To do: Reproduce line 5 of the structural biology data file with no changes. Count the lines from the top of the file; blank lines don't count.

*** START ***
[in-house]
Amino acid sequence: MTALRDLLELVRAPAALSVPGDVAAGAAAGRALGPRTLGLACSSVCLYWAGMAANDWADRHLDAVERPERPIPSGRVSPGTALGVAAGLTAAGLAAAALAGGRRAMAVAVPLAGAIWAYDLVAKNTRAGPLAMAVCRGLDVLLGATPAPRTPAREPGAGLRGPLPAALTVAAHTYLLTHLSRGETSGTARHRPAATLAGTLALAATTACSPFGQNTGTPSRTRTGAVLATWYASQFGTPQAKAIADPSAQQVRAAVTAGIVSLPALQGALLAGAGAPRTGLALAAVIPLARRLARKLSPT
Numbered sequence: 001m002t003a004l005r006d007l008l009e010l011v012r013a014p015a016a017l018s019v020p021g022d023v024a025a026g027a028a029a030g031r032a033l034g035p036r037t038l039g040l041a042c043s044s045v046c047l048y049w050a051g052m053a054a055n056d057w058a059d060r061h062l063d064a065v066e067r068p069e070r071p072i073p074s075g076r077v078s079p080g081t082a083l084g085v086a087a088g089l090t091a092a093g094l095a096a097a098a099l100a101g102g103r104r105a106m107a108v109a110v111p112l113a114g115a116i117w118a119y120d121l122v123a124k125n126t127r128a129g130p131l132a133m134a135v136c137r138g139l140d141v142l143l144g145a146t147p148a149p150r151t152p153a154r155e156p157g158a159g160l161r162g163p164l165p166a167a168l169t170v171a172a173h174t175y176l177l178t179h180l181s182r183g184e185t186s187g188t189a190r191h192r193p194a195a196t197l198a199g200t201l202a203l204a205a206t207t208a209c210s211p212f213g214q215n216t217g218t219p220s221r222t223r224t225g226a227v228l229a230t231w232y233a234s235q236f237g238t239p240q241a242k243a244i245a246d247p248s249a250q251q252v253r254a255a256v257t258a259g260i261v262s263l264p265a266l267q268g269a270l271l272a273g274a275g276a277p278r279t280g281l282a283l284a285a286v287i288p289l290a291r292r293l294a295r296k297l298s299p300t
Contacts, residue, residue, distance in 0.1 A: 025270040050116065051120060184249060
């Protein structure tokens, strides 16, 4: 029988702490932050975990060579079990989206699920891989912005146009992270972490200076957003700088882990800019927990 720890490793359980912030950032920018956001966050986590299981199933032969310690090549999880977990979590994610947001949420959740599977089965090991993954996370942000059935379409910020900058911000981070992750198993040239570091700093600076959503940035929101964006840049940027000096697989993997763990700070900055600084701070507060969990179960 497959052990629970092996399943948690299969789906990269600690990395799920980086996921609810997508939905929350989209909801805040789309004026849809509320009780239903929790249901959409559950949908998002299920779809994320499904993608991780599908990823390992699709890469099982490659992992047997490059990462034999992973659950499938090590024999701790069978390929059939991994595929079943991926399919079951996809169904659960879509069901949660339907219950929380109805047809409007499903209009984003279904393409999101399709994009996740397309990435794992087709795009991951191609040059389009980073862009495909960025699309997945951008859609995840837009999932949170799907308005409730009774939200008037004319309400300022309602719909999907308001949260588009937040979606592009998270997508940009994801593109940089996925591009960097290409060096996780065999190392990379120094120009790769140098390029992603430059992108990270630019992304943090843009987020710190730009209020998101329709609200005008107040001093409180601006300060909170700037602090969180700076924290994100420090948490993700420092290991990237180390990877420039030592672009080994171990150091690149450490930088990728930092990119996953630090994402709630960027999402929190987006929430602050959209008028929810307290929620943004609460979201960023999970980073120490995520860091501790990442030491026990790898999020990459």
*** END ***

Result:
């Protein structure tokens, strides 16, 4: 029988702490932050975990060579079990989206699920891989912005146009992270972490200076957003700088882990800019927990 720890490793359980912030950032920018956001966050986590299981199933032969310690090549999880977990979590994610947001949420959740599977089965090991993954996370942000059935379409910020900058911000981070992750198993040239570091700093600076959503940035929101964006840049940027000096697989993997763990700070900055600084701070507060969990179960 497959052990629970092996399943948690299969789906990269600690990395799920980086996921609810997508939905929350989209909801805040789309004026849809509320009780239903929790249901959409559950949908998002299920779809994320499904993608991780599908990823390992699709890469099982490659992992047997490059990462034999992973659950499938090590024999701790069978390929059939991994595929079943991926399919079951996809169904659960879509069901949660339907219950929380109805047809409007499903209009984003279904393409999101399709994009996740397309990435794992087709795009991951191609040059389009980073862009495909960025699309997945951008859609995840837009999932949170799907308005409730009774939200008037004319309400300022309602719909999907308001949260588009937040979606592009998270997508940009994801593109940089996925591009960097290409060096996780065999190392990379120094120009790769140098390029992603430059992108990270630019992304943090843009987020710190730009209020998101329709609200005008107040001093409180601006300060909170700037602090969180700076924290994100420090948490993700420092290991990237180390990877420039030592672009080994171990150091690149450490930088990728930092990119996953630090994402709630960027999402929190987006929430602050959209008028929810307290929620943004609460979201960023999970980073120490995520860091501790990442030491026990790898999020990459």